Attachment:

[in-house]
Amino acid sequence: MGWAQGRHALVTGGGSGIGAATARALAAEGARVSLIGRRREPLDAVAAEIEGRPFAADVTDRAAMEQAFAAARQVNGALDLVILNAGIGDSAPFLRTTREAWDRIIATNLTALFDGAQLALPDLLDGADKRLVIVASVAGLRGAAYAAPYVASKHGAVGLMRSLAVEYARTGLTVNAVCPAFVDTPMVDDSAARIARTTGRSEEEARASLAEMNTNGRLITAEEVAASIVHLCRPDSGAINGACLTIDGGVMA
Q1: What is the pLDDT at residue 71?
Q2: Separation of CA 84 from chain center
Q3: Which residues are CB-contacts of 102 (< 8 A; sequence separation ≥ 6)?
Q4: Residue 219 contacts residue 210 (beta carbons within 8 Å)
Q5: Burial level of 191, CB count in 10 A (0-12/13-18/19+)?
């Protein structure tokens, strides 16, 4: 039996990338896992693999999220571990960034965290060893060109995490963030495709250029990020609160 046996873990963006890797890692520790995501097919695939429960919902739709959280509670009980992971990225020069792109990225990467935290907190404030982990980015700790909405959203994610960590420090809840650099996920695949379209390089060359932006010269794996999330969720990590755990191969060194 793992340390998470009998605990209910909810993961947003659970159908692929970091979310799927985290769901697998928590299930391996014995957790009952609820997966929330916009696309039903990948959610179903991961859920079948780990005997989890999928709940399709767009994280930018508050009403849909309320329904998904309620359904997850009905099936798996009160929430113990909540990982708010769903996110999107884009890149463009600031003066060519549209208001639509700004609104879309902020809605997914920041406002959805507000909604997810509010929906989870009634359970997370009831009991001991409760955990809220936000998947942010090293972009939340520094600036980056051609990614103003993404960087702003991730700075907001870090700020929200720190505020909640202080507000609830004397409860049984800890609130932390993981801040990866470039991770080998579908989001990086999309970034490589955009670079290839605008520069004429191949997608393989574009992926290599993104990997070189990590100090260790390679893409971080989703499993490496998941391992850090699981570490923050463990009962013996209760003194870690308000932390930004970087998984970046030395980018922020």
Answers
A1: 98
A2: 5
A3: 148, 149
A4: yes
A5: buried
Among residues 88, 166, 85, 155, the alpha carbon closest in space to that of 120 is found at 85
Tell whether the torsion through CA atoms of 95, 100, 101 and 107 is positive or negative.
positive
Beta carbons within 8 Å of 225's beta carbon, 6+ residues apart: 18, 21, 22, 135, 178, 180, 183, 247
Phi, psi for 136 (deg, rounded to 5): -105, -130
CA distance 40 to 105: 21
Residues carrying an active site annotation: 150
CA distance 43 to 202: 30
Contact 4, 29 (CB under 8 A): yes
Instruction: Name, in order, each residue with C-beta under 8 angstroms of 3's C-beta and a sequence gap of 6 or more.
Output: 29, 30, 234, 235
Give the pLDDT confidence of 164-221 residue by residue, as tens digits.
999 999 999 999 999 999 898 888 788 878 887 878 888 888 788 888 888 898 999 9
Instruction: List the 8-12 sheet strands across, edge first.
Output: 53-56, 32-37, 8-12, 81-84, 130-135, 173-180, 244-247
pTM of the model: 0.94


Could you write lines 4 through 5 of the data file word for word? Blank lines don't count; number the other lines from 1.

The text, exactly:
Q2: Separation of CA 84 from chain center
Q3: Which residues are CB-contacts of 102 (< 8 A; sequence separation ≥ 6)?